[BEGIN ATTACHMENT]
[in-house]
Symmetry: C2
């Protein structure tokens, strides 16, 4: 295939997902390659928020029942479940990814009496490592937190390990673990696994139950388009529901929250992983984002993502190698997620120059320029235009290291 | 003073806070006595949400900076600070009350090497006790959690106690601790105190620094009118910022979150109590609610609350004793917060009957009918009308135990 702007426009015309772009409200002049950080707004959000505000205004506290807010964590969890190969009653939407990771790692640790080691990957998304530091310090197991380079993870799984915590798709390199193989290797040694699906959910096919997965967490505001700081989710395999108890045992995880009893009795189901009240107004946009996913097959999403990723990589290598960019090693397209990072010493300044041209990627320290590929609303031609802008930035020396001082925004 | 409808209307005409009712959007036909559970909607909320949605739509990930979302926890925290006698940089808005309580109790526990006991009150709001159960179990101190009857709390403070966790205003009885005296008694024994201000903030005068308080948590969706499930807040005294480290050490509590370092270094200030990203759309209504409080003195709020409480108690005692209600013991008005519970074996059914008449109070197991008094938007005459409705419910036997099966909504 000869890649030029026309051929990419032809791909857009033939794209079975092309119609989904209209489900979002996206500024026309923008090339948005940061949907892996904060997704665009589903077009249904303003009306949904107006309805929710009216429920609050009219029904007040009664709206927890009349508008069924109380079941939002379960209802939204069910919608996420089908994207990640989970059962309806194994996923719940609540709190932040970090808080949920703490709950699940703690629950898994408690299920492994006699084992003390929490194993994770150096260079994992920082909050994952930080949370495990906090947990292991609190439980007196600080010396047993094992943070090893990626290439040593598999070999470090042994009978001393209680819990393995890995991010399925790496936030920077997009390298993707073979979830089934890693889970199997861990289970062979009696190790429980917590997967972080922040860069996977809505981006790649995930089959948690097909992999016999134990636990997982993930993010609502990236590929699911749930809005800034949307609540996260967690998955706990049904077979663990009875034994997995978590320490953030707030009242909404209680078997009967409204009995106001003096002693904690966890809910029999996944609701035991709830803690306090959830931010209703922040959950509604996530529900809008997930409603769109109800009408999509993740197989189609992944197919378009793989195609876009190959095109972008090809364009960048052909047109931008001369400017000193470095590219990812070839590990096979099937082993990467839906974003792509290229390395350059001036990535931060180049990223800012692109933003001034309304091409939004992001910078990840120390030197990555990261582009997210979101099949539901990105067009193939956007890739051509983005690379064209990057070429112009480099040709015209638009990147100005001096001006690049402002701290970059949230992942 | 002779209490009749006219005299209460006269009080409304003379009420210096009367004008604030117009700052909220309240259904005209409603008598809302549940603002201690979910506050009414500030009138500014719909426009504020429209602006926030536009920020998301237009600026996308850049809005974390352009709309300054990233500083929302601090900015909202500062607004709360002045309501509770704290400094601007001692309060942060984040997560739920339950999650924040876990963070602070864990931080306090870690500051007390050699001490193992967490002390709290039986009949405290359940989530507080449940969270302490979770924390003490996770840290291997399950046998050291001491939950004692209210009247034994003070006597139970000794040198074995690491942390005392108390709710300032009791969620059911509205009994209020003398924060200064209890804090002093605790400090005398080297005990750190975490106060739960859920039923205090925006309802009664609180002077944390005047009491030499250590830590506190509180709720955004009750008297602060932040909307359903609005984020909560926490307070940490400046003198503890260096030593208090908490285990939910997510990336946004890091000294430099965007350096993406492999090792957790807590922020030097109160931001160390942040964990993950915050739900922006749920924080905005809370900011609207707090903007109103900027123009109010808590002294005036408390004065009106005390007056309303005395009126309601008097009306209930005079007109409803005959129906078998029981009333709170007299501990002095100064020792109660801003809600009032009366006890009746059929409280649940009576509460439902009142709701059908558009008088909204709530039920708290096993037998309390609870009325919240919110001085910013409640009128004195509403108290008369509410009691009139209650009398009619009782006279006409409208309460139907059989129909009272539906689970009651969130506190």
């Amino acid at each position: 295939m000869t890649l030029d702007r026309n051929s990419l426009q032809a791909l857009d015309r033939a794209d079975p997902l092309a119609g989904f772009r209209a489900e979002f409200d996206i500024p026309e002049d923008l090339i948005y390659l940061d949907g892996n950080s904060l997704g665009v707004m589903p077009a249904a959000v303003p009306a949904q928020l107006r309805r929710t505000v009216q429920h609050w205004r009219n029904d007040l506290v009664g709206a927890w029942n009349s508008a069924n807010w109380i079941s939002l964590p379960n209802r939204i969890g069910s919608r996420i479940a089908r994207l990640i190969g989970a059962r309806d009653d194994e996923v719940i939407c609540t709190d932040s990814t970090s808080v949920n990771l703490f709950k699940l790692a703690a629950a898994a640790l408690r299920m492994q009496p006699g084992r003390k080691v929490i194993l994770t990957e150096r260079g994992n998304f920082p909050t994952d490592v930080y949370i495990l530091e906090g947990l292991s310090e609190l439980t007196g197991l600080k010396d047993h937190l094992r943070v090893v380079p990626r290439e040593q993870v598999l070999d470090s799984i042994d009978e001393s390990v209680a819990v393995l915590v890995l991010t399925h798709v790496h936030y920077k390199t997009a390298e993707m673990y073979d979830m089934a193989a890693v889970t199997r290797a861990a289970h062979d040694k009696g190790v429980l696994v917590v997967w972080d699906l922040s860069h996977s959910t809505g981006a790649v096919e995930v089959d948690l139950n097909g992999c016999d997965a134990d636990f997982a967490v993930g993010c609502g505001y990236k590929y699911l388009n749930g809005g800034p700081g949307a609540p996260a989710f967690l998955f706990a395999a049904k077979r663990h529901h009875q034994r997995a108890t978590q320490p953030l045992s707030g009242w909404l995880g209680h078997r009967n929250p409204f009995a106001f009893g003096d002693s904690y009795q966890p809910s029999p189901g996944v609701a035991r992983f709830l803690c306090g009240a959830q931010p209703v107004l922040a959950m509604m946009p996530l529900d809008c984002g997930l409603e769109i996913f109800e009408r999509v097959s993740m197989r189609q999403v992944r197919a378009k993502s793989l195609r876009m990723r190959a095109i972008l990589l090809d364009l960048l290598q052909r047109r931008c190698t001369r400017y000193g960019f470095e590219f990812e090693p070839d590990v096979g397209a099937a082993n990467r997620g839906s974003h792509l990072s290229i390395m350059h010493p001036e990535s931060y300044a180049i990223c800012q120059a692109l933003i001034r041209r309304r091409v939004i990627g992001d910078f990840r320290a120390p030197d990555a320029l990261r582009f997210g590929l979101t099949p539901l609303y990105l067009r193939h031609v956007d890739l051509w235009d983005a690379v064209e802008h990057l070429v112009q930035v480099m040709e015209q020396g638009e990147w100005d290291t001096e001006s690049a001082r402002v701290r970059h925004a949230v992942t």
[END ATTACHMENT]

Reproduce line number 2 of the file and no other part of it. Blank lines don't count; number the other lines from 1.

Symmetry: C2